Economics Roundtable

May 2014 Payroll Employment

After 76 months, we finally got back to the prerecession level of payroll employment.

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The best summary of the state of our economy is the graph (below) of employment as a fraction of population for people over 16 years old. The decrease is large, but the most troubling feature of the graph is the flat trend .

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Graph-of-the-Year Candidates

Donald Marron likes European interest rates. Click on the image to get a bigger version. Can you find three distinct subperiods?

Brad DeLong favors the U.S. gdp gap.

Remember M1?

Money Supply M1 growth is now over 20% per year over a 12 month lag. M1 growth has touched 20% before, but not with excess reserves of $1.6 trillion. Where is M1 headed?

Click on the chart for a larger version.


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"Economic analysis of current issues, every Friday.” Francisco M. Torralba.

July 23, 2014, 2:38 pm, 1303824
Quite a few things to note and ponder in this chartbook on the causes of death, from the always-appealing Bloomberg Visual Data. "How Americans die":

July 14, 2014, 3:23 pm, 1300828
Are low interest rates the new norm?

In a 2012 TV commercial for a U.S. bank, a stage curtain goes up to reveal Tom Sargent, Nobel laureate in economics. A voice asks: “Professor Sargent, can you tell me ...

July 7, 2014, 1:23 pm, 1297577
Gavyn Davies writes an excellent summary of the debate between the"mainstream-central bank-Keynesian" view of the economy and the "alternative-BIS-Wicksellian" view. (It's on the blog section of the Financial Times, but I'm not sure if it's gated.)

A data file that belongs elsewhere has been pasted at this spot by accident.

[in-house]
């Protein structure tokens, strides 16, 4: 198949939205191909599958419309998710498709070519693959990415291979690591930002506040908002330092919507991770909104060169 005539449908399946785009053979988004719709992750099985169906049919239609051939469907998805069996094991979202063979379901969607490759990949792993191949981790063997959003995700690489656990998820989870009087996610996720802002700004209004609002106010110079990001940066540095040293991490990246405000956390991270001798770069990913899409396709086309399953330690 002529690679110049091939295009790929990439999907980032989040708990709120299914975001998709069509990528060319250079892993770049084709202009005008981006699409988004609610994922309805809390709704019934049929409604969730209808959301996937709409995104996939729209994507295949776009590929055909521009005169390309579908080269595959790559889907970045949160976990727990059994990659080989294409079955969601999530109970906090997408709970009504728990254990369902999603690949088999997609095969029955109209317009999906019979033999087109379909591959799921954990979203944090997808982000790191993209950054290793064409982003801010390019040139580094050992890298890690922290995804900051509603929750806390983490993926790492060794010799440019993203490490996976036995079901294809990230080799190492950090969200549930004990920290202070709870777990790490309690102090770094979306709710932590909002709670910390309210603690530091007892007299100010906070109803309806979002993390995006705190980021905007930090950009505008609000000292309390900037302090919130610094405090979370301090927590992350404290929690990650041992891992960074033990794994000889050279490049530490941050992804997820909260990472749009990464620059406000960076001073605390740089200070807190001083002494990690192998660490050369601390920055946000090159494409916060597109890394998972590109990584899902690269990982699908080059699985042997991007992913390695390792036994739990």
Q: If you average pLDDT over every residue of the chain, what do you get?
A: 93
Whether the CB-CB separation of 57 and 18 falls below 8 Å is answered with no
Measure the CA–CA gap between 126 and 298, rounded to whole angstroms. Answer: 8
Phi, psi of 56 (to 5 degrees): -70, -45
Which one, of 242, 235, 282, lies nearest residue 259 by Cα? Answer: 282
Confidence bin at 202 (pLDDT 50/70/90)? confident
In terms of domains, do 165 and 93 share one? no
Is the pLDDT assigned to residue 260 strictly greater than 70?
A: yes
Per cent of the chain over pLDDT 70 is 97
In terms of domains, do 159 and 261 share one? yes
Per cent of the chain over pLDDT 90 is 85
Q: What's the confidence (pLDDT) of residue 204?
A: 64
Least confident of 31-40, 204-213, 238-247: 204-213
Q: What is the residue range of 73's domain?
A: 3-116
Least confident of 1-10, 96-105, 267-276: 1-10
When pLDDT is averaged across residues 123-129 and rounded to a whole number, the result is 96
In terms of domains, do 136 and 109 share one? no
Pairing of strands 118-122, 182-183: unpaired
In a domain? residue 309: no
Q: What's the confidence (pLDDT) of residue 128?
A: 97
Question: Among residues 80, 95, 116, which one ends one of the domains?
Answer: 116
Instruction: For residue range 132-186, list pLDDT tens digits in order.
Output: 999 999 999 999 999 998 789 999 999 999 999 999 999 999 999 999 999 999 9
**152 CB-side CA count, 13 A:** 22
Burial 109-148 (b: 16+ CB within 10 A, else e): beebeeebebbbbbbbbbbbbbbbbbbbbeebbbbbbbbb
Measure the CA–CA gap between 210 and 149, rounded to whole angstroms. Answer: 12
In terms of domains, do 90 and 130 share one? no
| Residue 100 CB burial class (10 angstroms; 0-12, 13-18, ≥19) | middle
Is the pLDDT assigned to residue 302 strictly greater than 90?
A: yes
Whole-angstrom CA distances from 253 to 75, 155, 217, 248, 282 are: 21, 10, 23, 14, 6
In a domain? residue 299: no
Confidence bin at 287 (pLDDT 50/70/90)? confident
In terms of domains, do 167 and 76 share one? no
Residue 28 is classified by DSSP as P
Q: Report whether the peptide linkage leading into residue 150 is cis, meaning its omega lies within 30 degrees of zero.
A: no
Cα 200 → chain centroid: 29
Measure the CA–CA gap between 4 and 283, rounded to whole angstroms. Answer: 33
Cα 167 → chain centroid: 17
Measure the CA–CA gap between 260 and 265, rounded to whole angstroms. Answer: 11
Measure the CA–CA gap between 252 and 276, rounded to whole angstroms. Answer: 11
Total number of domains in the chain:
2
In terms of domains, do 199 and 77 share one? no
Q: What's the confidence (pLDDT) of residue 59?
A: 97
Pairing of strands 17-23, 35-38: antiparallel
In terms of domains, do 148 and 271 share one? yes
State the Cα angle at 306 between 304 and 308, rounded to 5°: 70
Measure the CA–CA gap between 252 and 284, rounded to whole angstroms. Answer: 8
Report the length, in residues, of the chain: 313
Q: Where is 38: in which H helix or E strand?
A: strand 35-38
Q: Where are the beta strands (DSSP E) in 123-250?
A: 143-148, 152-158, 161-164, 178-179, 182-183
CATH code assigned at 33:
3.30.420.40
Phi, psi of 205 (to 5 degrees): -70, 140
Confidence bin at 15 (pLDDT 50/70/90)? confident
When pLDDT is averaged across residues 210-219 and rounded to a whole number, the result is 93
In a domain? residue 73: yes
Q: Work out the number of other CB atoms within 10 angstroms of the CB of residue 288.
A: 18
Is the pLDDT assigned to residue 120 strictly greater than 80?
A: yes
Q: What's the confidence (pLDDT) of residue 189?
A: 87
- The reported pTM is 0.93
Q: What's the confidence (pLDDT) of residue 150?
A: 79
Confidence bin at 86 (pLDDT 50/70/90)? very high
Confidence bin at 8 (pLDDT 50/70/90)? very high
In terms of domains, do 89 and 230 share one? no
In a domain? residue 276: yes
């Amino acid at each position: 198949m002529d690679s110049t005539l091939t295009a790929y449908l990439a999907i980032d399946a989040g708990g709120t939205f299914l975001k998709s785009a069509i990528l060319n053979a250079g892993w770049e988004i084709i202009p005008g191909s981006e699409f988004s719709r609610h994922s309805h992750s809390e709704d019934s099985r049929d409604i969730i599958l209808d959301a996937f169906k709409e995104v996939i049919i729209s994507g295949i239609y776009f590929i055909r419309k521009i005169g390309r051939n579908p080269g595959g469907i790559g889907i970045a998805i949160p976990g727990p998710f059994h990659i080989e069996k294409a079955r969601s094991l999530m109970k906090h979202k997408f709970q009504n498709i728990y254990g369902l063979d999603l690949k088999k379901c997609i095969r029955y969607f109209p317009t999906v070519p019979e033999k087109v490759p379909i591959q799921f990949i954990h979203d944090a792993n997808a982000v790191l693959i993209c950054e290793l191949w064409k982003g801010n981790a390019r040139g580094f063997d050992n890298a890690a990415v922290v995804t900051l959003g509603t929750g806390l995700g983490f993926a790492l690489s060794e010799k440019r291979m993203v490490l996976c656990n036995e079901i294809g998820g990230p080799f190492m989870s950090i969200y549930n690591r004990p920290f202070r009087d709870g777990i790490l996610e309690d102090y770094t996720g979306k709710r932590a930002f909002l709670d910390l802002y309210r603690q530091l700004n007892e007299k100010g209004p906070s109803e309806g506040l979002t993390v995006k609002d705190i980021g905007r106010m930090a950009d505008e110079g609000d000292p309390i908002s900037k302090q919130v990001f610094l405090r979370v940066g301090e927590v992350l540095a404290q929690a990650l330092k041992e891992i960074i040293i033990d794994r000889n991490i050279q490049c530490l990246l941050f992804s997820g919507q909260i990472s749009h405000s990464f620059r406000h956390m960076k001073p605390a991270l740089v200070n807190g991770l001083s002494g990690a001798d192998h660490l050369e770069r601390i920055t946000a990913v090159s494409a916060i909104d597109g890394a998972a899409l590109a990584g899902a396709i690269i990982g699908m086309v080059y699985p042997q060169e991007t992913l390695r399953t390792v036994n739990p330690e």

Davies juxtaposes a recent speech by Yellen to the ...

July 2, 2014, 11:23 pm, 1295723
Here's a couple of paragraphs from John's essay, to which he  links on his blog:

This line of analysis is obviously aimed at the long run. Thinking through how a freer and more
competitive health care and insurance market can work, and how most of the regulatory ...

July 2, 2014, 11:23 pm, 1295722
1. Forward interest rates and monetary tightening, by Jim Hamilton at Econbrowser. This is a nice refresher of forward interest rates, and an application of the Gurkaynak-Sack-Wright data set (xls).
2. A summary and critique of Summers' "great stagnation" hypothesis, by Stephen King at the FT. ...

July 2, 2014, 11:23 pm, 1295724
1. A scorching critique of the Fed's unconventional policies--by the president of the Philadelphia Fed. If you don't have time for the whole thing, read John Cochrane's excerpts and commentary.

2. À propos of unconventional monetary policy: how loose are monetary conditions anyway? Back in the day when ...

July 2, 2014, 11:23 pm, 1295720
1. Corruption perceptions. The 2013 results are in. Changes from 2012:

Biggest deterioration*: Syria, Spain, Gambia, Mali, Guinea-Bissau, Libya, Yemen, Mauritius and Eritrea.

Biggest improvement*: Myanmar, Laos, Senegal, and Brunei.

*I list countries with an absolute change of the corruption score of at least five points, ...

July 2, 2014, 11:23 pm, 1295721
The concept of universal basic income (a.k.a. guaranteed minimum income) got a bit of traction in the media when the Swiss proposed in October to put it to referendum. The idea is to give a check every month to every adult citizen, regardless of age, income, wealth, job status, ...

July 2, 2014, 11:23 pm, 1295719

This is by Gavyn Davies at the Financial Times. In his article, Davies ponders whether the bull market can last another year.

I am a little alarmed by this:

July 2, 2014, 11:23 pm, 1295714
1. Housing bubble department: Switzerland, Australia.

2. Deflation, the zero-lower-bound, and multiple inflation equilibria, eurozone edition (this is a straight application of James Bullard's earlier paper, which in turn is an application of a paper by Benhabib, Schmitt-GrohĂ©, and Uribe). Hat tip to Gavyn Davies, at ...